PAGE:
HIV COURT CASE RAISES QUESTIONS ON TEST
By Randy Dotinga
Health Scout News 23 Jan. 2002
In a case that raises
questions about the accuracy of HIV tests, an Oklahoma man has won a
$1.4 million settlement nine years after a health clinic mistakenly
told him he was infected with the virus that causes AIDS.
Medical experts say it's nearly impossible for an HIV test to give an
incorrect -- or "false positive" -- result. However, it's widely known
that negative results can be wrong if a test is given too soon after
infection, before the virus can be detected. The weakest link in the
test process appears to be medical personnel who can mix up blood
samples or misplace paperwork.
The Centers for Disease Control and Prevention(CDC) says that, in
"ideal" testing circumstances, the odds of a false positive HIV
antibody test are less than five in 100,000, according to a report in
USA Today. However, human errors can occur.
"No test is perfect, and that goes for cancer tests, X-rays, MRIs and
blood tests," says Dr. Jeffrey D. Klausner, director of sexually
transmitted disease control services with the San Francisco Department
of Public Health.
Even so, HIV test errors are considered rare, and experts say it
shouldn't take long for any alert doctor to notice a person with a
supposed HIV infection isn't getting sick.
That didn't happen in the Oklahoma case, apparently because the
plaintiff didn't receive extensive medical attention.
According to news reports, 40-year-old Anthony Northcutt had an HIV
test in 1993 at a clinic operated by the Oklahoma City-County Health
Department. He was told he was HIV-positive.
Four years later, Northcutt obtained his file and learned he had
received the wrong test results. He was actually HIV-negative at the
time of the first test.
Two months after learning of the wrong results in 1997, Northcutt took
another test and learned he was HIV-positive. He reportedly had
engaged in unprotected sex with HIV-positive partners during the years
he thought he was infected.
In his lawsuit, Northcutt claimed he struggled with depression,
suicide attempts and a drinking problem.
According to The Daily Oklahoman, a jury found in favor of Northcutt,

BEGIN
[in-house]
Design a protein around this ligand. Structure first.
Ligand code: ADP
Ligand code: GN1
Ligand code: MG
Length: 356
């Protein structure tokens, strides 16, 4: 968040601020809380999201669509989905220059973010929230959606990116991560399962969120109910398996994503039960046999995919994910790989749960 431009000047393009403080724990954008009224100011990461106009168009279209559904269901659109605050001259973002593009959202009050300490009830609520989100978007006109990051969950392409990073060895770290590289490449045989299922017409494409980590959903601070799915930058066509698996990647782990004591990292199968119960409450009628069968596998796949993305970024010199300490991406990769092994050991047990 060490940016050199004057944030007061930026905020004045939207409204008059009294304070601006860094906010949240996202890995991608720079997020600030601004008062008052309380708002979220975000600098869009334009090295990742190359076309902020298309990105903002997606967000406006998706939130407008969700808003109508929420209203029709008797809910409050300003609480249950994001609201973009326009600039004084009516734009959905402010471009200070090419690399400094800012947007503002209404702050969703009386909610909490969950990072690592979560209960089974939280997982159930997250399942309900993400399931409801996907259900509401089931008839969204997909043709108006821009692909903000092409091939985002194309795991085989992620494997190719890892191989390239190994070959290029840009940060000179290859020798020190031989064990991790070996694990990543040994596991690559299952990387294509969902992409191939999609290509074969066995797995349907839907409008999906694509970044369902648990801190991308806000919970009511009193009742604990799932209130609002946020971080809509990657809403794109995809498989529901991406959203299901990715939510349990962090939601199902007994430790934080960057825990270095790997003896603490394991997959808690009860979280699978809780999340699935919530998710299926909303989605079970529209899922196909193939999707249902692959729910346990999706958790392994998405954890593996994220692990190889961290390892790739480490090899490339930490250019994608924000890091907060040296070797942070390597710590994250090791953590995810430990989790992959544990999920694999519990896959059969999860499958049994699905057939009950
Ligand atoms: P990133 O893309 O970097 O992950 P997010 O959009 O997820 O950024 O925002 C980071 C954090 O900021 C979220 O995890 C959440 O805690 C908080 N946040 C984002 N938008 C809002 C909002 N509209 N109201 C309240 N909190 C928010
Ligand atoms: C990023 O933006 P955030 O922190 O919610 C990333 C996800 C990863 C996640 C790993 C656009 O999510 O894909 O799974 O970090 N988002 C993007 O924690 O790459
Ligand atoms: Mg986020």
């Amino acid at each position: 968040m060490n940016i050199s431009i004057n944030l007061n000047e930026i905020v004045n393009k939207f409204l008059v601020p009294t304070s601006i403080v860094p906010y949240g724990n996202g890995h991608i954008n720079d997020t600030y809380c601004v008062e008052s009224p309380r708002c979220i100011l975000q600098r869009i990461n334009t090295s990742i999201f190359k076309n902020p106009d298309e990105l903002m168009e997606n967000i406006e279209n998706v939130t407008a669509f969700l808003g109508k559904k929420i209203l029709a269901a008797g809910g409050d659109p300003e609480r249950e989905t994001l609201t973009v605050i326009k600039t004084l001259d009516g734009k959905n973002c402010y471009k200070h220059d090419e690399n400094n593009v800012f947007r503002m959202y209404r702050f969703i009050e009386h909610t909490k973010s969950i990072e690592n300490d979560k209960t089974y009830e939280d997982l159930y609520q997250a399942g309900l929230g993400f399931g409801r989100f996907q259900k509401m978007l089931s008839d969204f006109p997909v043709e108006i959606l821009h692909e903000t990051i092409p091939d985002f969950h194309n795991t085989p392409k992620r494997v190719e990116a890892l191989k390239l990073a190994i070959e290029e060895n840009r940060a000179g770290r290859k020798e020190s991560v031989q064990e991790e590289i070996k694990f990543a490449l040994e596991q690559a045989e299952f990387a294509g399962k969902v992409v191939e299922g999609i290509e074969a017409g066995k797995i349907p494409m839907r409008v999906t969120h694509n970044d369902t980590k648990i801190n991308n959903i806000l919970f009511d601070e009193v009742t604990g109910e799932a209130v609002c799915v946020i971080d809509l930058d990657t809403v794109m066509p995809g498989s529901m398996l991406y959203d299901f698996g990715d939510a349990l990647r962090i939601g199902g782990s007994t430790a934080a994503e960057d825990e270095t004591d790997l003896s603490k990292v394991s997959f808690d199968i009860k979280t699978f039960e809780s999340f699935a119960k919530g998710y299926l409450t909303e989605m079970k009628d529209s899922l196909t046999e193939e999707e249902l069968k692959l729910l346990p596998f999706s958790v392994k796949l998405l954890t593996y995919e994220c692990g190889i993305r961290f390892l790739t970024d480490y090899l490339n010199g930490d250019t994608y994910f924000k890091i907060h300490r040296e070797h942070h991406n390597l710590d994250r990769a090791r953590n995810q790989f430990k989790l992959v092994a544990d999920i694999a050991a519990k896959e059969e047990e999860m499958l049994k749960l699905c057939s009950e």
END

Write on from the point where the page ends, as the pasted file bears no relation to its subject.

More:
but also determined he was partially negligent himself. Attorneys for
Northcutt could not be reached for comment.
HIV tests determine if a person has developed antibodies to the virus,
a sign that the immune system has kicked into action. However, it may
take several months after infection for enough antibodies to appear.
An ordinary HIV test actually consists of three or more separate blood
tests, at least in California, says Michael Allerton, who oversees HIV
policy in Northern California for the Kaiser Permanente Health Plan.
If the first test produces a "false positive," the others should catch
the error, he says. In some cases, however, the tests may conflict
with each other, and more tests are needed.
Even if an HIV-positive result is wrong, doctors should notice when a
patient doesn't show signs of the virus in his or her blood, says Dr.
Michael Horberg, a Kaiser Permanente Health Plan physician who treats
AIDS patients in Northern California.
"They'd have no detectable virus at all without any treatment,"
In one of his own cases a few years ago, he says, a woman insisted she
could not have contracted HIV. She turned out to be right. She wasn't
infected, despite a positive test result.
"We did a mega work-up, kept following her every six months, and she
was still negative," he says. "She never showed any sign of the virus,
and her [immune system strength] was better than half the U.S.
Powerful AIDS drugs can reduce the level of HIV in the blood to zero,
although the virus will continue to lurk in other parts of the body.
However, doctors wouldn't put someone on the drugs if he or she
weren't already showing symptoms of HIV infection, Horberg explains.
Some people do worry that they got the wrong test results, Horberg
Following the Oklahoma verdict, "I had tons of people calling and
saying they wanted to be re-tested. You re-test them if that's what it
takes to convince them that it's accurate," he says.